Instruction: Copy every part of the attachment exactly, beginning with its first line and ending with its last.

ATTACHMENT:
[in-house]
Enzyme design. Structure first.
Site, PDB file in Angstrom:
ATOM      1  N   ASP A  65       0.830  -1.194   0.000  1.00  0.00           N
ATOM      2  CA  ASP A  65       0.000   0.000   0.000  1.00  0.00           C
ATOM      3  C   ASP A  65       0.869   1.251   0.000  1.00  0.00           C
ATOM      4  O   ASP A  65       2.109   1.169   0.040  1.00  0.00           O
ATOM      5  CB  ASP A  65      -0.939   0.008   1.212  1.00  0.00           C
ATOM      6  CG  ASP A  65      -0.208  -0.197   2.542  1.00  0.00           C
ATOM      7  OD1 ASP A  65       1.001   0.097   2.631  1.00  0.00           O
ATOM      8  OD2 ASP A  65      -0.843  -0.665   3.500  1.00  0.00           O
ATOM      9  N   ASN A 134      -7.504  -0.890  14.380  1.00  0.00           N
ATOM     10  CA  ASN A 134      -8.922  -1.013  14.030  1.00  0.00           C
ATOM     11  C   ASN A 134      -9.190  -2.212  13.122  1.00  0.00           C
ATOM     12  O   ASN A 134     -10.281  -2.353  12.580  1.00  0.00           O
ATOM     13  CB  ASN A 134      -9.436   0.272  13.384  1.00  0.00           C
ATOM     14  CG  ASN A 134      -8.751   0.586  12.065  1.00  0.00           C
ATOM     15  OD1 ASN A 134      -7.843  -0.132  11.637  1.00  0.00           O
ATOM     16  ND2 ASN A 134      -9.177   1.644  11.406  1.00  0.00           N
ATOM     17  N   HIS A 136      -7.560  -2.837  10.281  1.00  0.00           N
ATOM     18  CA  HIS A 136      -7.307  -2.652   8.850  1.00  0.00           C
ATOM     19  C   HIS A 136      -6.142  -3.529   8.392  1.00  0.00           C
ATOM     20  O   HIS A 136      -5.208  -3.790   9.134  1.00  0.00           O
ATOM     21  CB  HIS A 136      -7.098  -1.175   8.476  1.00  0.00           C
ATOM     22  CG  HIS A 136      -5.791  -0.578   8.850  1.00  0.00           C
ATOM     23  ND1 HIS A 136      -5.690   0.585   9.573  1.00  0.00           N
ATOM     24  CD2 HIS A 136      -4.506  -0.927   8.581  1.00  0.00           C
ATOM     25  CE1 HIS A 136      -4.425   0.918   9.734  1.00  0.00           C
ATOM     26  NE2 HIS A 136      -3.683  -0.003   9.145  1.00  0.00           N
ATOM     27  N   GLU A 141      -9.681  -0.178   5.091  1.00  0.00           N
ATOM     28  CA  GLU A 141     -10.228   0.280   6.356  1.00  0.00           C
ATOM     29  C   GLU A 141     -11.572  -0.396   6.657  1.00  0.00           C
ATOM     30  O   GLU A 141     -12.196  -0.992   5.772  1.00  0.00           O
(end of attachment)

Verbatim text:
[in-house]
Enzyme design. Structure first.
Site, PDB file in Angstrom:
ATOM      1  N   ASP A  65       0.830  -1.194   0.000  1.00  0.00           N
ATOM      2  CA  ASP A  65       0.000   0.000   0.000  1.00  0.00           C
ATOM      3  C   ASP A  65       0.869   1.251   0.000  1.00  0.00           C
ATOM      4  O   ASP A  65       2.109   1.169   0.040  1.00  0.00           O
ATOM      5  CB  ASP A  65      -0.939   0.008   1.212  1.00  0.00           C
ATOM      6  CG  ASP A  65      -0.208  -0.197   2.542  1.00  0.00           C
ATOM      7  OD1 ASP A  65       1.001   0.097   2.631  1.00  0.00           O
ATOM      8  OD2 ASP A  65      -0.843  -0.665   3.500  1.00  0.00           O
ATOM      9  N   ASN A 134      -7.504  -0.890  14.380  1.00  0.00           N
ATOM     10  CA  ASN A 134      -8.922  -1.013  14.030  1.00  0.00           C
ATOM     11  C   ASN A 134      -9.190  -2.212  13.122  1.00  0.00           C
ATOM     12  O   ASN A 134     -10.281  -2.353  12.580  1.00  0.00           O
ATOM     13  CB  ASN A 134      -9.436   0.272  13.384  1.00  0.00           C
ATOM     14  CG  ASN A 134      -8.751   0.586  12.065  1.00  0.00           C
ATOM     15  OD1 ASN A 134      -7.843  -0.132  11.637  1.00  0.00           O
ATOM     16  ND2 ASN A 134      -9.177   1.644  11.406  1.00  0.00           N
ATOM     17  N   HIS A 136      -7.560  -2.837  10.281  1.00  0.00           N
ATOM     18  CA  HIS A 136      -7.307  -2.652   8.850  1.00  0.00           C
ATOM     19  C   HIS A 136      -6.142  -3.529   8.392  1.00  0.00           C
ATOM     20  O   HIS A 136      -5.208  -3.790   9.134  1.00  0.00           O
ATOM     21  CB  HIS A 136      -7.098  -1.175   8.476  1.00  0.00           C
ATOM     22  CG  HIS A 136      -5.791  -0.578   8.850  1.00  0.00           C
ATOM     23  ND1 HIS A 136      -5.690   0.585   9.573  1.00  0.00           N
ATOM     24  CD2 HIS A 136      -4.506  -0.927   8.581  1.00  0.00           C
ATOM     25  CE1 HIS A 136      -4.425   0.918   9.734  1.00  0.00           C
ATOM     26  NE2 HIS A 136      -3.683  -0.003   9.145  1.00  0.00           N
ATOM     27  N   GLU A 141      -9.681  -0.178   5.091  1.00  0.00           N
ATOM     28  CA  GLU A 141     -10.228   0.280   6.356  1.00  0.00           C
ATOM     29  C   GLU A 141     -11.572  -0.396   6.657  1.00  0.00           C
ATOM     30  O   GLU A 141     -12.196  -0.992   5.772  1.00  0.00           O